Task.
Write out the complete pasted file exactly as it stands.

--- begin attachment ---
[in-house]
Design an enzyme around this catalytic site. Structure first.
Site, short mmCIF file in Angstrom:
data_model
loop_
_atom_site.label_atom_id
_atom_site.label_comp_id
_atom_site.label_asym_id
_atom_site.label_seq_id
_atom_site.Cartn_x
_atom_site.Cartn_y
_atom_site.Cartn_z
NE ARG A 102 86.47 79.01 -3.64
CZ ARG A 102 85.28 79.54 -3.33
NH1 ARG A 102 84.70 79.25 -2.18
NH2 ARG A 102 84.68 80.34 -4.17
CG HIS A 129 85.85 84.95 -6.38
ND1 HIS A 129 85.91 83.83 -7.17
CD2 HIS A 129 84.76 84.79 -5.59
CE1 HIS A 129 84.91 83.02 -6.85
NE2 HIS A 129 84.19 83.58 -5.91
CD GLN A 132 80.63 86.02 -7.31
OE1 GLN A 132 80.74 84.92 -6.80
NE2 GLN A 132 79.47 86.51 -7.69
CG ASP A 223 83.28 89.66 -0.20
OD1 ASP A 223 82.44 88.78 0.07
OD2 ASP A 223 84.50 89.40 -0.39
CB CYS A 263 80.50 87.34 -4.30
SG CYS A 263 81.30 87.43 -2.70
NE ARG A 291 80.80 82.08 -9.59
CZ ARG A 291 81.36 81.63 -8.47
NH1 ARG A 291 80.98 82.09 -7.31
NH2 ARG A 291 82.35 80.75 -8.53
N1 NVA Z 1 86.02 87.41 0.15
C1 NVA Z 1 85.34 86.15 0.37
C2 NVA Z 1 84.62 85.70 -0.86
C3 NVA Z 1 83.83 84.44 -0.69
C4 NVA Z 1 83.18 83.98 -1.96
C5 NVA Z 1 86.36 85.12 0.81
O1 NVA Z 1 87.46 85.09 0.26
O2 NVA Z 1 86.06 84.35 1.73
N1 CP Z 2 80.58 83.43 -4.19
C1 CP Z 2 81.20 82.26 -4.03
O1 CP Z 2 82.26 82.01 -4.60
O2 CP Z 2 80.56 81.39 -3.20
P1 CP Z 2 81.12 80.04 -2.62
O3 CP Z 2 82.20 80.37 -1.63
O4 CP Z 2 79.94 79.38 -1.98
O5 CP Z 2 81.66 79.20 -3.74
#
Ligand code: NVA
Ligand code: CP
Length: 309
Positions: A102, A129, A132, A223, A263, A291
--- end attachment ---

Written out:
[in-house]
Design an enzyme around this catalytic site. Structure first.
Site, short mmCIF file in Angstrom:
data_model
loop_
_atom_site.label_atom_id
_atom_site.label_comp_id
_atom_site.label_asym_id
_atom_site.label_seq_id
_atom_site.Cartn_x
_atom_site.Cartn_y
_atom_site.Cartn_z
NE ARG A 102 86.47 79.01 -3.64
CZ ARG A 102 85.28 79.54 -3.33
NH1 ARG A 102 84.70 79.25 -2.18
NH2 ARG A 102 84.68 80.34 -4.17
CG HIS A 129 85.85 84.95 -6.38
ND1 HIS A 129 85.91 83.83 -7.17
CD2 HIS A 129 84.76 84.79 -5.59
CE1 HIS A 129 84.91 83.02 -6.85
NE2 HIS A 129 84.19 83.58 -5.91
CD GLN A 132 80.63 86.02 -7.31
OE1 GLN A 132 80.74 84.92 -6.80
NE2 GLN A 132 79.47 86.51 -7.69
CG ASP A 223 83.28 89.66 -0.20
OD1 ASP A 223 82.44 88.78 0.07
OD2 ASP A 223 84.50 89.40 -0.39
CB CYS A 263 80.50 87.34 -4.30
SG CYS A 263 81.30 87.43 -2.70
NE ARG A 291 80.80 82.08 -9.59
CZ ARG A 291 81.36 81.63 -8.47
NH1 ARG A 291 80.98 82.09 -7.31
NH2 ARG A 291 82.35 80.75 -8.53
N1 NVA Z 1 86.02 87.41 0.15
C1 NVA Z 1 85.34 86.15 0.37
C2 NVA Z 1 84.62 85.70 -0.86
C3 NVA Z 1 83.83 84.44 -0.69
C4 NVA Z 1 83.18 83.98 -1.96
C5 NVA Z 1 86.36 85.12 0.81
O1 NVA Z 1 87.46 85.09 0.26
O2 NVA Z 1 86.06 84.35 1.73
N1 CP Z 2 80.58 83.43 -4.19
C1 CP Z 2 81.20 82.26 -4.03
O1 CP Z 2 82.26 82.01 -4.60
O2 CP Z 2 80.56 81.39 -3.20
P1 CP Z 2 81.12 80.04 -2.62
O3 CP Z 2 82.20 80.37 -1.63
O4 CP Z 2 79.94 79.38 -1.98
O5 CP Z 2 81.66 79.20 -3.74
#
Ligand code: NVA
Ligand code: CP
Length: 309
Positions: A102, A129, A132, A223, A263, A291